Adrian Younge Talks "Twelve Reasons To Die," Says It's The "Score To A Vintage, Italian Horror Film"
Adrian Younge says his production on "Twelve Reasons To Die" was inspired by both RZA and Ennio Morricone.
In only a matter of day’s, producer/composer Adrian Younge and the Wu-Tang Clan’s own Ghostface Killah will debut their joint project, Twelve Reasons To Die, during South By Southwest. The duo hasn’t shed a tremendous amount of light on the album, but while appearing on NPR’s Fresh Air radio show earlier today (March 12th) Younge did share a few details on the LP.
Younge revealed that Twelve Reasons To Die will serve as the “score to a vintage, Italian horror film,” that takes place in 1968. He also cited RZA and Italian composer Ennio Morricone as two of the inspirations behind his production on the album.
“So this album is called Adrian Younge Presents: Twelve Reasons To Die Starring The Ghostface Killah. And basically this is a score to a vintage, Italian horror film. Obviously a full vintage horror film that takes place in 1968,” Younge explained. “So in my head I pictured all this artwork. All this old argental type artwork and I wanted it to be something that Morricone could have scored back then. And then I wanted to pull in all of that Morricone sentiment. All of that old, American soul sentiment. And then I wanted to kind of fabricate that in a way that The RZA would have put the album together had he been a producer in the late 60’s.”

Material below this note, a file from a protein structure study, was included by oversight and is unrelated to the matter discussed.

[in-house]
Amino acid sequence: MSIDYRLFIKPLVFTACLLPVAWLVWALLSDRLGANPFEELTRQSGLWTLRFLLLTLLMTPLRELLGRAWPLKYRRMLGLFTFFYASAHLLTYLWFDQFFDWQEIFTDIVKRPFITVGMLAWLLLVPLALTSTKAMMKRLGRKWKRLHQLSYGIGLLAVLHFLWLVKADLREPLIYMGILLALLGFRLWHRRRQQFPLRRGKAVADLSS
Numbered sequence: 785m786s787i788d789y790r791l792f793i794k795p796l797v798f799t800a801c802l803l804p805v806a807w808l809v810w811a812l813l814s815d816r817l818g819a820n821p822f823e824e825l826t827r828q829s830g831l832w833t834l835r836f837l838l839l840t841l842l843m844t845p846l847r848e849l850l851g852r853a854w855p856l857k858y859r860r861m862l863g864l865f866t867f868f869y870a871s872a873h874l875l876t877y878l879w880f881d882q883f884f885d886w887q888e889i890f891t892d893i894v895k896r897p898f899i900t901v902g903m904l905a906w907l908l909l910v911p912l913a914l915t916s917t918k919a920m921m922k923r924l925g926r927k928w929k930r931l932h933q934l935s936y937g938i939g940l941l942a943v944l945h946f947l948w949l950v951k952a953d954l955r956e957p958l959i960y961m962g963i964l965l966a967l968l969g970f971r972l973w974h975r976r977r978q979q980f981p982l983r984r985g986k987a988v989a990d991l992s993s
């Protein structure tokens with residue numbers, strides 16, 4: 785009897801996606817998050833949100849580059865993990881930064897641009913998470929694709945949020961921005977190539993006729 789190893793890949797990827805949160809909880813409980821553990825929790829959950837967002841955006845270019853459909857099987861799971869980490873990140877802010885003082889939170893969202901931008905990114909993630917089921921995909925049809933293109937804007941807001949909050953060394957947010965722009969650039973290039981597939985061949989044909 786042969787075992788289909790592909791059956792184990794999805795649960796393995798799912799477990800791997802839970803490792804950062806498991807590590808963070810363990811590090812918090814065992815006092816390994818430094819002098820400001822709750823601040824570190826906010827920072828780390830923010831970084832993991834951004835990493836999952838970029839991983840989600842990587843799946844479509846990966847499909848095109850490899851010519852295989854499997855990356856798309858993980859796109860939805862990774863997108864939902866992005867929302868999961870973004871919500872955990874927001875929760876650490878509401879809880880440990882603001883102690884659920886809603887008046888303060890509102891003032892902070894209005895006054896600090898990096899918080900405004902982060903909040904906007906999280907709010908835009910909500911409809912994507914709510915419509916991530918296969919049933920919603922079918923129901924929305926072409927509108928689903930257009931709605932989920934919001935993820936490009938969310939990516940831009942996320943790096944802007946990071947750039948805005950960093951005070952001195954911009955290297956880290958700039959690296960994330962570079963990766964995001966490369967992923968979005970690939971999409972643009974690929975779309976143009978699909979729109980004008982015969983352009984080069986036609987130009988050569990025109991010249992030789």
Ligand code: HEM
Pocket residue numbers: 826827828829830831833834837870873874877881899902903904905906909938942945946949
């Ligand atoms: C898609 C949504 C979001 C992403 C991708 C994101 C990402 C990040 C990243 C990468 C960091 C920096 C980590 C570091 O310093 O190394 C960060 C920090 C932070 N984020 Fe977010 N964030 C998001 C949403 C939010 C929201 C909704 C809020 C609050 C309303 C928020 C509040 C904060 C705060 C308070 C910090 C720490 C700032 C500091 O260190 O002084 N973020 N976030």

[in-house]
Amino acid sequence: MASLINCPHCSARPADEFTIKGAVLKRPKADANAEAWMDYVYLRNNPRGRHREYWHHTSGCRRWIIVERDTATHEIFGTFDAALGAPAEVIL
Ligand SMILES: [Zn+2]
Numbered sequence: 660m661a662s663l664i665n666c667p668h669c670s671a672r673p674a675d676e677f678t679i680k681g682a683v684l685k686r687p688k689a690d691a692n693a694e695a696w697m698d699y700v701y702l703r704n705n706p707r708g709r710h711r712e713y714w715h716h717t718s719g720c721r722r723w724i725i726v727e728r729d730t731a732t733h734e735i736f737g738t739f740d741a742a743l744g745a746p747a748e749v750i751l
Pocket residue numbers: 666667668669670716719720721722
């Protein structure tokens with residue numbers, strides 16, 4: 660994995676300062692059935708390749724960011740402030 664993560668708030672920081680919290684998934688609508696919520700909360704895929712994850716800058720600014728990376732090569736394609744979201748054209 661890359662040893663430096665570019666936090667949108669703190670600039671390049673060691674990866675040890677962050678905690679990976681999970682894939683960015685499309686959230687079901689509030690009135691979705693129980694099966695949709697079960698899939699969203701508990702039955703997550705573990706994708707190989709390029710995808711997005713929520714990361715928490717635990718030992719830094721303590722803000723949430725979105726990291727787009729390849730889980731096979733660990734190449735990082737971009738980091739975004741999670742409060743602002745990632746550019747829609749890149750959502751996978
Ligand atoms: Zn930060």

Despite his work on Twelve Reasons To Die, Younge says he put Hip Hop on the backburner in the late 90’s to focus on other genres of music.
"I was really raised on Hip Hop, and Hip Hop introduced me basically to all the music I listen to now and what's sad to me is I can't really listen to Hip Hop that much anymore,” said Younge. “You know, I mean, there's a lot of great Hip Hop out there, but I'm not an avid fan of Hip Hop. I always say to people that I left Hip Hop in '97, meaning that I departed from listening to predominantly Hip Hop and just started really getting into records from the late '60s, early '70s.”